From a broadcaster’s perspective, if they actually had a lot more availability of stats, if they had the ability to do that sort of ad hoc analysis over data in a quick, simple, and intuitive way, it’s probably going to change the way they see this information. From a broadcaster’s perspective, what we’re hearing is that, whenever you’re doing commentary or whether you’re putting information together for events, you’d like to get those pieces of information that you kind of can’t get from other data sources. Usually, what I find is, those things are just intuitive; they’re information that people store in the back of their head because they’re experienced in what they’re doing.
What we want to present is a solution that enables them to dig out that information that enriches the broadcast, and that’s what we’re hearing from all of these different organizations. We’re still pretty new, but certainly we know that we can help organizations look at their data in a different way.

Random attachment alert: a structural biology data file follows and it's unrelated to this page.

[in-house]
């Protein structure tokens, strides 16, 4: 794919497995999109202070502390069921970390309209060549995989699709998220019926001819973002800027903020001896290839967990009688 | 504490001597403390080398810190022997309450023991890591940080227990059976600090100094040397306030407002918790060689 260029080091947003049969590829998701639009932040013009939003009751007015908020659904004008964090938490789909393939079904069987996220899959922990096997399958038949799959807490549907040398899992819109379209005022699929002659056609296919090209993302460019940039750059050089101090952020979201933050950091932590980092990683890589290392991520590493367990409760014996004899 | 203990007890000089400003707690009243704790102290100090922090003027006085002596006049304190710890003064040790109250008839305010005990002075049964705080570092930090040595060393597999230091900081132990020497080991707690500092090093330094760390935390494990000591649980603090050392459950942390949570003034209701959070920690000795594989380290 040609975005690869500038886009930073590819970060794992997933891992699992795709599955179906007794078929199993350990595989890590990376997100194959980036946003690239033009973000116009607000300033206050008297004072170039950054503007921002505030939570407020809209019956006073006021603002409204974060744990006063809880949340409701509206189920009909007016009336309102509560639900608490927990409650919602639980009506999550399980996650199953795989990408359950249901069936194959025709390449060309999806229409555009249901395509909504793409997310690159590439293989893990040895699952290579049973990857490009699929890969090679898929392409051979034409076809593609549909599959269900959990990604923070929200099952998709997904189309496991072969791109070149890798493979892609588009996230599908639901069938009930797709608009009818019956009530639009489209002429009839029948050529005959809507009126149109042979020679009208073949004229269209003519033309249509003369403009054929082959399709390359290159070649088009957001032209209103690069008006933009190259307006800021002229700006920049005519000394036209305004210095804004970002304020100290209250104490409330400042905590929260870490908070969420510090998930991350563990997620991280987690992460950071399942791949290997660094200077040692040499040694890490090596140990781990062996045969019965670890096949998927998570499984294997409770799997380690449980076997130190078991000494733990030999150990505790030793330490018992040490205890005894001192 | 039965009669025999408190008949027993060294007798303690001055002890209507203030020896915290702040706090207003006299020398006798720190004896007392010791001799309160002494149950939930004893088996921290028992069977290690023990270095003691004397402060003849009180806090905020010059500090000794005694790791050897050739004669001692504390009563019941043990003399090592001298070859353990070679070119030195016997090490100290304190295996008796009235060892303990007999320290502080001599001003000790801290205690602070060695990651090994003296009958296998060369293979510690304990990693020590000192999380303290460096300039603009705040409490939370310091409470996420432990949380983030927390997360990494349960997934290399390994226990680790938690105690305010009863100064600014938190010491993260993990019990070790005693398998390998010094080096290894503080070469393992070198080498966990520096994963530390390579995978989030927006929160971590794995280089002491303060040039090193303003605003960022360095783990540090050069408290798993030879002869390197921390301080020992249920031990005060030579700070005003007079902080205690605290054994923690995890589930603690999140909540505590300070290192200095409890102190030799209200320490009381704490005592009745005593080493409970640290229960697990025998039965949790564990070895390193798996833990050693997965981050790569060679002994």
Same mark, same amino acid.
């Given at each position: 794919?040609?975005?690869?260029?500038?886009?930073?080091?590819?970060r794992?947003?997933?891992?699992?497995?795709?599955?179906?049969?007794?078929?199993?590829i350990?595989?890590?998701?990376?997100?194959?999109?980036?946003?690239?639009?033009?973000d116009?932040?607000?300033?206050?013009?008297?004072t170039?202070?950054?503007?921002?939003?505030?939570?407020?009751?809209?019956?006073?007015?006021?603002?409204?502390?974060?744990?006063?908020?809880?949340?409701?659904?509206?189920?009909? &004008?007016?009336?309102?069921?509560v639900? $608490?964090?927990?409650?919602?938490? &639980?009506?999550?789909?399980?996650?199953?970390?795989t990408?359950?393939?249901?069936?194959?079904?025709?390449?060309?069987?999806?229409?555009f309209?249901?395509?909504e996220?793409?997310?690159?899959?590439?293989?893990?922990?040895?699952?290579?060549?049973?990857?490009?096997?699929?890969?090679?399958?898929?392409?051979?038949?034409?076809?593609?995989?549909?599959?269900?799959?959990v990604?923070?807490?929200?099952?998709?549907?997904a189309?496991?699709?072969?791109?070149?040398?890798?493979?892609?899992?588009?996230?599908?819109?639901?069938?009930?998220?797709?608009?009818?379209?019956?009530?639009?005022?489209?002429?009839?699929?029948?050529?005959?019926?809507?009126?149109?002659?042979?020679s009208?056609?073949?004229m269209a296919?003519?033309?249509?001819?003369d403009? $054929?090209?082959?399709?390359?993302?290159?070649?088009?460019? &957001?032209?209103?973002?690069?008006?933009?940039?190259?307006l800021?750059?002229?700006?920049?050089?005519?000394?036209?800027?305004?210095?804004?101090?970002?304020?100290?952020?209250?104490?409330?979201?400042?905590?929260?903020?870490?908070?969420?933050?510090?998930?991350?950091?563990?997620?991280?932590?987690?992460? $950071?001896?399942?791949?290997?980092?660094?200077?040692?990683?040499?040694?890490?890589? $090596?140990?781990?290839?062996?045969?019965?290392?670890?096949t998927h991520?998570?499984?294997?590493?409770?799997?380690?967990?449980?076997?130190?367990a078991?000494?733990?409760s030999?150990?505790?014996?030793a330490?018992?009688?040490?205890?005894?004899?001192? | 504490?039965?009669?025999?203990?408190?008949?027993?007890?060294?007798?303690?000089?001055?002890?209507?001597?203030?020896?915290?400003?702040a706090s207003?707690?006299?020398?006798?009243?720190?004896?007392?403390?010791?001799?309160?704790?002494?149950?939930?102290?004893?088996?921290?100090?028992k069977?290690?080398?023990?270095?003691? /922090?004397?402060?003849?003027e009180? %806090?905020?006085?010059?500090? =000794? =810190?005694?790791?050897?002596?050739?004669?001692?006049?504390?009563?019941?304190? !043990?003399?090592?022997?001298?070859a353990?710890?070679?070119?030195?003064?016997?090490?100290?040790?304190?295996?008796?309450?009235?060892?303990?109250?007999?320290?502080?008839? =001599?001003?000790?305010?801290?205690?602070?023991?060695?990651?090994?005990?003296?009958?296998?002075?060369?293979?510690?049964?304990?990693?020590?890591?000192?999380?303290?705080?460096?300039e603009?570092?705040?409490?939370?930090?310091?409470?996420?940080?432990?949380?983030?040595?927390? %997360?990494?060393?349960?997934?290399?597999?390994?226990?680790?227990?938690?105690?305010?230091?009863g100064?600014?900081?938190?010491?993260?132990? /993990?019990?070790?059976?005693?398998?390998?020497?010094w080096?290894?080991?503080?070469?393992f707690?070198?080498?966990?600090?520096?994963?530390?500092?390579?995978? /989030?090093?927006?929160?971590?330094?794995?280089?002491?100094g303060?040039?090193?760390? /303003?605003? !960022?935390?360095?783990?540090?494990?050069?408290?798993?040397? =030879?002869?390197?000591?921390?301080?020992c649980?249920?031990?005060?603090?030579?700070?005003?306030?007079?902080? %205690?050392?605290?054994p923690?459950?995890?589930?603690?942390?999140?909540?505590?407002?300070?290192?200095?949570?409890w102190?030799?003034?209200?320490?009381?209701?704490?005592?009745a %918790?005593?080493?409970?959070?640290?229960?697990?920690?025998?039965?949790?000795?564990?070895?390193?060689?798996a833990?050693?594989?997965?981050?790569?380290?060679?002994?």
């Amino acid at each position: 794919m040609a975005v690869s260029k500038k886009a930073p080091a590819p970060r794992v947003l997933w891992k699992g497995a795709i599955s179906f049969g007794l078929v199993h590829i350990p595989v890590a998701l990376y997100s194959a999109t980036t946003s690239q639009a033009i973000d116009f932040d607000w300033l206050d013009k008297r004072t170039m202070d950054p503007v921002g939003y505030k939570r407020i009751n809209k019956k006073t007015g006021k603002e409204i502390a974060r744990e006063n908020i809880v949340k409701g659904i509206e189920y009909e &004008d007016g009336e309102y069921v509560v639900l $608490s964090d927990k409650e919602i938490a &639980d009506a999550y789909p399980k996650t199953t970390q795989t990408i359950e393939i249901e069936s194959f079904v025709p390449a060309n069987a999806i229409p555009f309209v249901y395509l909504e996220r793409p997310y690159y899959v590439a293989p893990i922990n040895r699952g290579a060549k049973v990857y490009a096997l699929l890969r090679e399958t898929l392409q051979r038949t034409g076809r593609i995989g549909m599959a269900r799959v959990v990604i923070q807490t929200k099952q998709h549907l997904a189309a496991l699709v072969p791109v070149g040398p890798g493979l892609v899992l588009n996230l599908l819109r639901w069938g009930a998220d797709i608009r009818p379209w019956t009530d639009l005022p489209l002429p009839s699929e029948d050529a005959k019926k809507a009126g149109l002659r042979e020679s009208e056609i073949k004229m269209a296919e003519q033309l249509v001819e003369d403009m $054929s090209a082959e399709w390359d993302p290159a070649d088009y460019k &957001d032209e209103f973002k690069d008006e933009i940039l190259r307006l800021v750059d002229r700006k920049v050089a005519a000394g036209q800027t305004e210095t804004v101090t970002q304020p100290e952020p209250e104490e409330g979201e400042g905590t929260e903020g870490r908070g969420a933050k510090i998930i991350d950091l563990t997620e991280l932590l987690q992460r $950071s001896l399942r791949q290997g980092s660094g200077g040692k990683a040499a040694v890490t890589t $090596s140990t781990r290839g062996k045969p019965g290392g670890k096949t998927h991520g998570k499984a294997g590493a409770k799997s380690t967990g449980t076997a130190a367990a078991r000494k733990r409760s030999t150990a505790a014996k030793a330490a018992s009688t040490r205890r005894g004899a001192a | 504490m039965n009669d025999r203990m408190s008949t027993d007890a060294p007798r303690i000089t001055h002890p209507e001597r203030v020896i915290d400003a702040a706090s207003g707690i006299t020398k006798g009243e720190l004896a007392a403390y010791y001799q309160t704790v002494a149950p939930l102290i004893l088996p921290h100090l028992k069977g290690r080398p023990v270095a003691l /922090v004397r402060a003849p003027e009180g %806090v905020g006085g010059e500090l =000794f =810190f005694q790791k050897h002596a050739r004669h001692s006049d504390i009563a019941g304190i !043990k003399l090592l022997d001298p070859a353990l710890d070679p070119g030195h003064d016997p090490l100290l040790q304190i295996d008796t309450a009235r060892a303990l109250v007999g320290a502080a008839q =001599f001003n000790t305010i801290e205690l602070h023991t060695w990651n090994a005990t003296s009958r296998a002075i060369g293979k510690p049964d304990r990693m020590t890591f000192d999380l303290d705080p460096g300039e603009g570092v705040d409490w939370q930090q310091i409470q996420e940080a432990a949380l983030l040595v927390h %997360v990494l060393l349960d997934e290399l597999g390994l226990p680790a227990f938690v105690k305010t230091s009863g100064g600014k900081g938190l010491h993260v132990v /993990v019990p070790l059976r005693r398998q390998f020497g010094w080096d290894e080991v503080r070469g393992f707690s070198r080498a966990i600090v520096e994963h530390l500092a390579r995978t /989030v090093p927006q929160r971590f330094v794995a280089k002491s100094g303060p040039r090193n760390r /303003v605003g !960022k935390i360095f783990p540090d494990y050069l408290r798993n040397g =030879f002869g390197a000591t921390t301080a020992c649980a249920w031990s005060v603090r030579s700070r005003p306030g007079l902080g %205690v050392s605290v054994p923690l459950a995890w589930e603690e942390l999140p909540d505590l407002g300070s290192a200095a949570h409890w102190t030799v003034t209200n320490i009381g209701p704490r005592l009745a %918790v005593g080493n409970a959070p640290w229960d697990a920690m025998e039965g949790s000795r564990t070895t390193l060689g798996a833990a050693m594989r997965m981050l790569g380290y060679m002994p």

It’s not just during live broadcast; it’s also the way they present information on their website. It’s all done in a very list-driven fashion. If they used Zegami on their website frontend, then it allows their fans to directly explore the stuff that they want in their own personal manner.
It’s just a spreadsheet of information, which is good in order to get new information across, but what it doesn’t allow you to do is that analysis. What we want to be able to do is turn that spreadsheet of information into usable content and usable information without [broadcasters or fans] having to be a data analyst.
Why are data analytics so important in sports broadcasting? How can a data-analytics platform like Zegami’s enhance the viewer experience?
Data is a new commodity. We’re generating so much information, and even the data itself is so much richer, which really helps us to make decisions. If you can be better informed and better understand the masses of data that are created, you can turn that information into knowledge instead of taking small slices or small snippets of information to try and make decisions on.